By: Dr. Juli, DVM @itsDrJuli
Bringing home a new bundle of fur is an exciting time for pet owners. There is a lot to remember and keep track of when caring for a new puppy, including puppy-proofing your home, numerous veterinary visits, potty training, and socializing, to name a few. It doesn’t take long for a special bond to form with your new puppy, so it can be stressful when your four-legged family member becomes sick. Diarrhea and upset stomachs are not uncommon health issues in puppies; in some cases, loose stool or diarrhea may be the only sign of a problem in a playful puppy. Understanding the possible causes and when to rush or not rush to the veterinarian can help decrease your stress when your puppy is experiencing a health issue.
Common Causes of Puppy Diarrhea
Pet parents can understandably become worried when a puppy shows signs of gastrointestinal (GI) distress. The underlying problem could range from a mild upset stomach to side effects of puppy medication to a fatal disease. Young puppies are prone to numerous diarrhea-causing illnesses because their immune systems are still developing. Common causes of diarrhea in puppies include:
- Dietary changes. Navigating puppyhood involves, among other things, finding the right food for your pup’s health. Many pet owners will experiment with new treats or diets during the first few months. Your puppy’s diarrhea may simply be a sign of food allergies. However, sudden diet changes can cause diarrhea or loose stools, especially in a puppy’s developing GI tract. Always ensure a slow transition over a few weeks when switching your dog’s diet, and consult your vet on the best options for your pup.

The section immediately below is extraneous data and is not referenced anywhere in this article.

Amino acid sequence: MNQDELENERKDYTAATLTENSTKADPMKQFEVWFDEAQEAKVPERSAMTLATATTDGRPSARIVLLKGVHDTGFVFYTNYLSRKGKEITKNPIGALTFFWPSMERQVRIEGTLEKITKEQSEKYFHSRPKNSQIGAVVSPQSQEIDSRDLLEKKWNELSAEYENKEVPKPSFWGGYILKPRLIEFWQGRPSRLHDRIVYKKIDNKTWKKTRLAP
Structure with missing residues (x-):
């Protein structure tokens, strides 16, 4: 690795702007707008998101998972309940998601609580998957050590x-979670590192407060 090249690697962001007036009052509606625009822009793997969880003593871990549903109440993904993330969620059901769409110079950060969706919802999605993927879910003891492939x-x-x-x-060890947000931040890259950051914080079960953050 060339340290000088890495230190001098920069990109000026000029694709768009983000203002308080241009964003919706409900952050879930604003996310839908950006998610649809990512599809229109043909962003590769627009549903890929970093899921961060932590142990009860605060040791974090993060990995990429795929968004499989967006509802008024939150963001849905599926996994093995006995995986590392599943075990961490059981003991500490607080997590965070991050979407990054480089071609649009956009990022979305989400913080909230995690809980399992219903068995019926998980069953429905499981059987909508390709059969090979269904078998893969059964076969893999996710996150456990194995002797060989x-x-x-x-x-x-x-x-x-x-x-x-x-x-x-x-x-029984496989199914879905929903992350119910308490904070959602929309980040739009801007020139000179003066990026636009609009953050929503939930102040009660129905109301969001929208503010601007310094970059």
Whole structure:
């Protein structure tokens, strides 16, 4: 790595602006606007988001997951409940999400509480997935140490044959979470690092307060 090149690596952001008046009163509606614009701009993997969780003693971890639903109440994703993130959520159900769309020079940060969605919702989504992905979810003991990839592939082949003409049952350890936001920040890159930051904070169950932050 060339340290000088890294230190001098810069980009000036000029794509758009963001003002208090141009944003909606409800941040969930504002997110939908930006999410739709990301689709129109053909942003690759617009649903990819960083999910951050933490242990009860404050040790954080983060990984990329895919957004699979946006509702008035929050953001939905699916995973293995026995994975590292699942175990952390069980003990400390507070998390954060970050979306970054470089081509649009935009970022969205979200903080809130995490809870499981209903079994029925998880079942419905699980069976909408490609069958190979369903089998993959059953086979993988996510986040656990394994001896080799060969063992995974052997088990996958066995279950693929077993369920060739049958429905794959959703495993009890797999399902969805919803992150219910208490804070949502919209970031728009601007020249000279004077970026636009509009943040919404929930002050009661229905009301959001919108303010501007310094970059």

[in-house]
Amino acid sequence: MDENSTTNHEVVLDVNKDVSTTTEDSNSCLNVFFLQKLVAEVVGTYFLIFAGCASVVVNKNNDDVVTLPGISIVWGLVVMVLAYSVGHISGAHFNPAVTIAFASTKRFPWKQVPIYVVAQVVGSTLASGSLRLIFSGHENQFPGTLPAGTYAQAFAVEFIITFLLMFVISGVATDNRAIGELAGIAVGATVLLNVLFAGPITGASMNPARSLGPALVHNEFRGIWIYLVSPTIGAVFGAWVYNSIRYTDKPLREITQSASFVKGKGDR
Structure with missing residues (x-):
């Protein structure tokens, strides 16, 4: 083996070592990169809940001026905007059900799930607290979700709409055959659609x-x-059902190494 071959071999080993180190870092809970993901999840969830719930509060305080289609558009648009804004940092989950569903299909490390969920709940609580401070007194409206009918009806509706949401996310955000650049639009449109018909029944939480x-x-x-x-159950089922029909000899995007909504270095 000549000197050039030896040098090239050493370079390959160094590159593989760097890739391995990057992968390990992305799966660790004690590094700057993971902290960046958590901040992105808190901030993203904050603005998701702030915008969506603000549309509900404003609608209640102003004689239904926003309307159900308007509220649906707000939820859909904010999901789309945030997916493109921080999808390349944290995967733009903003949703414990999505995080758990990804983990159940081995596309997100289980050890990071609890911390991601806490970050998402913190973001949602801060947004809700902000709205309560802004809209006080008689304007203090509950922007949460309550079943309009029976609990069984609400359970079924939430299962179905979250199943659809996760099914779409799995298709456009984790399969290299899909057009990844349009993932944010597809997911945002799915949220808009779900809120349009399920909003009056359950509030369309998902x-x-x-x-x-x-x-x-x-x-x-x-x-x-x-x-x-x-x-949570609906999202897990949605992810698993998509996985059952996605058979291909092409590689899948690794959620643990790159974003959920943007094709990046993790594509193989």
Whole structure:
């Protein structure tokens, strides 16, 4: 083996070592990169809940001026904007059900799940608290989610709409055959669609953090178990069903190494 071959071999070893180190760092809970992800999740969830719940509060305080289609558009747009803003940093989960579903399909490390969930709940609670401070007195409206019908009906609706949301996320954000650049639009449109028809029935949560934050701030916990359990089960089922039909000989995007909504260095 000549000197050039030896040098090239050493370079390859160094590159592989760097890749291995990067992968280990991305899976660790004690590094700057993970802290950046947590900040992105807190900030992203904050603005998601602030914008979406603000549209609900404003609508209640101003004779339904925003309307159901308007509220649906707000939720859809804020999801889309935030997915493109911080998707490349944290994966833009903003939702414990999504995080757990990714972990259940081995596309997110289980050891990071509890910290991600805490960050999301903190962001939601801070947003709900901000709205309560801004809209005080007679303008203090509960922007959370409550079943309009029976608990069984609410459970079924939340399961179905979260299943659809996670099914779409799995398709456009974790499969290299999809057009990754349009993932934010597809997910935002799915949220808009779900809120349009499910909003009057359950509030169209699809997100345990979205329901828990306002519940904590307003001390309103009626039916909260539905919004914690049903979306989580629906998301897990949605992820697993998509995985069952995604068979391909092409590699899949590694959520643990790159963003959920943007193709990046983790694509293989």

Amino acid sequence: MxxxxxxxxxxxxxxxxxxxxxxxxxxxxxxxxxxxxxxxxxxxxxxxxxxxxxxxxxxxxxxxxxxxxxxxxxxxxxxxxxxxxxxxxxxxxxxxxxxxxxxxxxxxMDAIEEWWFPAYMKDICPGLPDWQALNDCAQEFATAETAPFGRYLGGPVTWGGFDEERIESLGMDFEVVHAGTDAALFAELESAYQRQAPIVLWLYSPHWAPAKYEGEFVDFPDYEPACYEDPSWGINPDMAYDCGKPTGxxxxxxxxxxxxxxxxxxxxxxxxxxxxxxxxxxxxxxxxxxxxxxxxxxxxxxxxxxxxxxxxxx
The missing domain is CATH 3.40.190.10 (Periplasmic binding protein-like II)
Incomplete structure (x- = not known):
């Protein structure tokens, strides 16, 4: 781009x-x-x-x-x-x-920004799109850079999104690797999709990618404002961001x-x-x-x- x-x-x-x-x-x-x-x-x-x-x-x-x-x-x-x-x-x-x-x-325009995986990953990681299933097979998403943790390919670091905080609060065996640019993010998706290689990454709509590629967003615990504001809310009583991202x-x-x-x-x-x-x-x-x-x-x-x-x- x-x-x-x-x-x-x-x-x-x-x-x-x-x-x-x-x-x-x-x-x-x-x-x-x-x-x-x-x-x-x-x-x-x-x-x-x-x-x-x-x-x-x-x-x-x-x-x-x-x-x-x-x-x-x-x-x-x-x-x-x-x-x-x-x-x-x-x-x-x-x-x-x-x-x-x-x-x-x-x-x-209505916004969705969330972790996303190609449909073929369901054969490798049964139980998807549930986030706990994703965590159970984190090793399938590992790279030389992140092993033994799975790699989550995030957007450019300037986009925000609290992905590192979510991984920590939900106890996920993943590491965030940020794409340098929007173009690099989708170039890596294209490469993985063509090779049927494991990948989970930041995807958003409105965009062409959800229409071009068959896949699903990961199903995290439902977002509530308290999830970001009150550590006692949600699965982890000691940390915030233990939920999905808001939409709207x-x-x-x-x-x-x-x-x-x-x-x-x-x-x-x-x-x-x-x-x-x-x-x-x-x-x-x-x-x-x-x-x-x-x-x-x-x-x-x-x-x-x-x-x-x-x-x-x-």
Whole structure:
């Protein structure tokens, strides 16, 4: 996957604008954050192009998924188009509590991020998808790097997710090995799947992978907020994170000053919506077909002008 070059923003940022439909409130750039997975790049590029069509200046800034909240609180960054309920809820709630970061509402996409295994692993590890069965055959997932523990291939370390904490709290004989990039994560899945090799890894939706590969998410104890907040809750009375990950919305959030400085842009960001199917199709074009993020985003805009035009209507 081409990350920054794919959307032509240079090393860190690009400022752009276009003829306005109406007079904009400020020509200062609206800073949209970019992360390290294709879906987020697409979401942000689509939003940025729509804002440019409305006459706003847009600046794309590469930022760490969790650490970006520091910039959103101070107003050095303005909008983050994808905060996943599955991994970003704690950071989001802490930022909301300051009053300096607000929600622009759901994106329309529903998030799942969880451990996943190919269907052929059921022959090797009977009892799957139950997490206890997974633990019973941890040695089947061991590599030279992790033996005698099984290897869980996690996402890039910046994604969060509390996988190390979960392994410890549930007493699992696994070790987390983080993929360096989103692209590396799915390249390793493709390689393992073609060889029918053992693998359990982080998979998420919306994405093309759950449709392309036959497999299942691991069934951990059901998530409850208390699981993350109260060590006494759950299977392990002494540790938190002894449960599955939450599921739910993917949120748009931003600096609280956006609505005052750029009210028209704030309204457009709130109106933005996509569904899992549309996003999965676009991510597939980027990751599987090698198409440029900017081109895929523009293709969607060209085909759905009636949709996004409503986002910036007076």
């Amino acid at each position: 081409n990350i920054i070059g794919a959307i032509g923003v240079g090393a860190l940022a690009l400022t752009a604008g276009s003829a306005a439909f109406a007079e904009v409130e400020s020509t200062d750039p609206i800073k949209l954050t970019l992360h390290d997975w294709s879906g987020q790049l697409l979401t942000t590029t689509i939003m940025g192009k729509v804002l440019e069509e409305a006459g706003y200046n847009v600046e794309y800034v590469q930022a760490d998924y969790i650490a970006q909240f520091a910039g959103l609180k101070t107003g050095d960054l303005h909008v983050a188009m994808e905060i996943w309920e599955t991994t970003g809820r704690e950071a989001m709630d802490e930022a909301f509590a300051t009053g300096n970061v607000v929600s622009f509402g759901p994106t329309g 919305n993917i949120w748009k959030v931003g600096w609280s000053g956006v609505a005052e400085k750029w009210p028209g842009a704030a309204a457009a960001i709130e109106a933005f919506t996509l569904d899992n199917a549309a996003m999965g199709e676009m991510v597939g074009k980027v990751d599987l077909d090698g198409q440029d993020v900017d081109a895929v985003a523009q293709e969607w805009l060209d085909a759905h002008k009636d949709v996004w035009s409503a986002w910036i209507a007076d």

- Stress. Like humans, anxiety, stress, and fear can lead to GI inflammation, resulting in colitis and diarrhea. Traveling, vet visits, or leaving your pup while you are at work can cause anxiety in some dogs, leading to stress-induced diarrhea.
- Garbage, toxic foods, and foreign objects. Puppies explore new environments with their nose, mouth, and paws. Counter surfing and diving for table scraps may be a hobby for your pup, but this can lead to ingesting toxic foods or dangerous objects. Diarrhea is a common sign of pets who have ingested garbage or human food that might be too rich or fatty for their GI system.
- Intestinal parasites. Puppies are prone to intestinal parasites, likely contracted from their previous environment. Common GI parasites affecting puppies include roundworms, hookworms, whipworms, tapeworms, giardia, and coccidia. Parasites are not always visible in the stool. Signs of an infection may consist of a rounded belly, dull fur coat, weight loss, lethargy, and vomiting.
- Viruses. Unvaccinated or partially-vaccinated puppies are at risk for contracting contagious viral infections, which can be fatal in some cases. Diarrhea or bloody stool is the most common sign of parvovirus. Other diarrhea-causing viruses include distemper, coronavirus, and adenovirus (infectious hepatitis).
- Bacterial infections. A puppy’s developing immune system makes them more prone to bacterial infections, like clostridium, E.coli, and salmonella. Other signs, including bloody stool, fever, vomiting, and lethargy, often accompany these infections.
When to Go to the Veterinarian for Your Puppy’s Diarrhea